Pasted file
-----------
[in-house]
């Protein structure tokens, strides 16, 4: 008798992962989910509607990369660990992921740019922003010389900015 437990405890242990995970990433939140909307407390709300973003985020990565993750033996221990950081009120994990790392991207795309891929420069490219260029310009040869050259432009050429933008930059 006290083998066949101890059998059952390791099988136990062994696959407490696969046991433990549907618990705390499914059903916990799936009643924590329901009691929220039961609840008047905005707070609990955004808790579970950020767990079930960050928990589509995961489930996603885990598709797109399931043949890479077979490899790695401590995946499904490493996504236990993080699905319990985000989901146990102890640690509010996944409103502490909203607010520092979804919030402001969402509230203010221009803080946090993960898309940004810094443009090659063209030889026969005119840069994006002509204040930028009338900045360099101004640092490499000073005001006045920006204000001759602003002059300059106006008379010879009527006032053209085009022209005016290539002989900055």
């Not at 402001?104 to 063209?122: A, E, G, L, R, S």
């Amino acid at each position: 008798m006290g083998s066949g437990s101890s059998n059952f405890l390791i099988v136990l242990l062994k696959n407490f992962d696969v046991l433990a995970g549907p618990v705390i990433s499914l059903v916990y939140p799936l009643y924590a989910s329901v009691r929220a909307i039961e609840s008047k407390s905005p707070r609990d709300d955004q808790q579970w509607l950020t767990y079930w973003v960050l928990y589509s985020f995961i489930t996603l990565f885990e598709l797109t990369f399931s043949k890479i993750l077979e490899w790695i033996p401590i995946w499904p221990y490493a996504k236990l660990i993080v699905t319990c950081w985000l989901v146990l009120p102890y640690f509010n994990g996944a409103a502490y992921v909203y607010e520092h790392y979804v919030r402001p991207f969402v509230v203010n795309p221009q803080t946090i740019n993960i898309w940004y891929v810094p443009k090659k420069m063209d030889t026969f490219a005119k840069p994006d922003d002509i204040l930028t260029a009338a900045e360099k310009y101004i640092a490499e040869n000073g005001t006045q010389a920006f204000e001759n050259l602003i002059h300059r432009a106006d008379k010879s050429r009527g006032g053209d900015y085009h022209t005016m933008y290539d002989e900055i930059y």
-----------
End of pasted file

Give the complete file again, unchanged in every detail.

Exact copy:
[in-house]
């Protein structure tokens, strides 16, 4: 008798992962989910509607990369660990992921740019922003010389900015 437990405890242990995970990433939140909307407390709300973003985020990565993750033996221990950081009120994990790392991207795309891929420069490219260029310009040869050259432009050429933008930059 006290083998066949101890059998059952390791099988136990062994696959407490696969046991433990549907618990705390499914059903916990799936009643924590329901009691929220039961609840008047905005707070609990955004808790579970950020767990079930960050928990589509995961489930996603885990598709797109399931043949890479077979490899790695401590995946499904490493996504236990993080699905319990985000989901146990102890640690509010996944409103502490909203607010520092979804919030402001969402509230203010221009803080946090993960898309940004810094443009090659063209030889026969005119840069994006002509204040930028009338900045360099101004640092490499000073005001006045920006204000001759602003002059300059106006008379010879009527006032053209085009022209005016290539002989900055």
């Not at 402001?104 to 063209?122: A, E, G, L, R, S």
């Amino acid at each position: 008798m006290g083998s066949g437990s101890s059998n059952f405890l390791i099988v136990l242990l062994k696959n407490f992962d696969v046991l433990a995970g549907p618990v705390i990433s499914l059903v916990y939140p799936l009643y924590a989910s329901v009691r929220a909307i039961e609840s008047k407390s905005p707070r609990d709300d955004q808790q579970w509607l950020t767990y079930w973003v960050l928990y589509s985020f995961i489930t996603l990565f885990e598709l797109t990369f399931s043949k890479i993750l077979e490899w790695i033996p401590i995946w499904p221990y490493a996504k236990l660990i993080v699905t319990c950081w985000l989901v146990l009120p102890y640690f509010n994990g996944a409103a502490y992921v909203y607010e520092h790392y979804v919030r402001p991207f969402v509230v203010n795309p221009q803080t946090i740019n993960i898309w940004y891929v810094p443009k090659k420069m063209d030889t026969f490219a005119k840069p994006d922003d002509i204040l930028t260029a009338a900045e360099k310009y101004i640092a490499e040869n000073g005001t006045q010389a920006f204000e001759n050259l602003i002059h300059r432009a106006d008379k010879s050429r009527g006032g053209d900015y085009h022209t005016m933008y290539d002989e900055i930059y």